Capturing the last serene moment for Dambusters Gibson, Martin (L) and Hopgood (R), the quiet bravery of 617 Squadron aircrew and Gibson’s brilliant leadership.
This painting is inspired by the famous film The Dambusters starring Richard Todd and by the accounts of the raid in Guy Gibson’s book “Enemy Coast Ahead” and Paul Brickhill’s “The Dambusters”. Both accounts describe, vividly, the crossing of the North Sea under a bright moonlit sky of fleeting cloud as Gibson (centre Lancaster) led his formation of Hopgood’s Lancaster (to right in the painting) and “Mick” Martin’s crew (to left), as they chased down the sparkling moonlight on the calm surface.
It must have been a quiet, reflective time for all 21 aircrew aboard the three Lancasters as they neared the coast of occupied Europe. What would the flak be like ahead, en route to the target? Would skimming a 5-ton bomb along a reservoir knock down a huge dam?
Then the Navigators radioed the fateful words “Enemy coast ahead Skipper” and the throttles opened wider to spread the three aircraft further apart to make it harder for German flak to concentrate on a single target. The aircraft accelerated into the climb and up over the headland point. On, ever deeper into enemy held territory; no real idea just what was waiting for them when they reached their target…if they actually got there intact.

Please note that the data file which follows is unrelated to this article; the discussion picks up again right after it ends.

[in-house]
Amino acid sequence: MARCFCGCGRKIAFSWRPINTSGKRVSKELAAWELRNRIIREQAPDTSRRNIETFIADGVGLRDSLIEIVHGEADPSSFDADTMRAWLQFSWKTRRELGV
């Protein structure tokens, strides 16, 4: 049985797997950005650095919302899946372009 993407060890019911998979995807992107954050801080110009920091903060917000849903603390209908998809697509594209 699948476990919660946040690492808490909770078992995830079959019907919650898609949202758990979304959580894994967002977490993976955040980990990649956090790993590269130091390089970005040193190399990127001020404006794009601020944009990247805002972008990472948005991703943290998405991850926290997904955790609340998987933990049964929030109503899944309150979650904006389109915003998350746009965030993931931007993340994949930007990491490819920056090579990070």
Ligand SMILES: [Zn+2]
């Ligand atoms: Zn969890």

I wanted to capture the atmosphere these young lads must have felt before meeting the occupied European mainland and the enemy’s defences. Whatever the raid accomplished, that is not what this painting is about. It’s about Guy Gibson’s brilliant leadership – he was just 24 years old when he led this attack- and the courage and tenacity of young boys turned into men. This scene is just as the crossing of the North Sea was described by those who flew the raid.
The Dambusters raid has been painted many times before and I cannot add anything new that has not been already been done regarding the actual attacks. But I hope this quiet, serene moment of calm, of steady courage before the storm of all hell breaking loose at the target Mohne Dam says something of the quiet bravery of these incredible aircrew of 617 Sqn. that all the other paintings have missed.
Flt Lt J. V. Hopgood DFC & Bar would not return. He and 4 of his crew would be killed.
Copyright Image and Text Simon W. Atack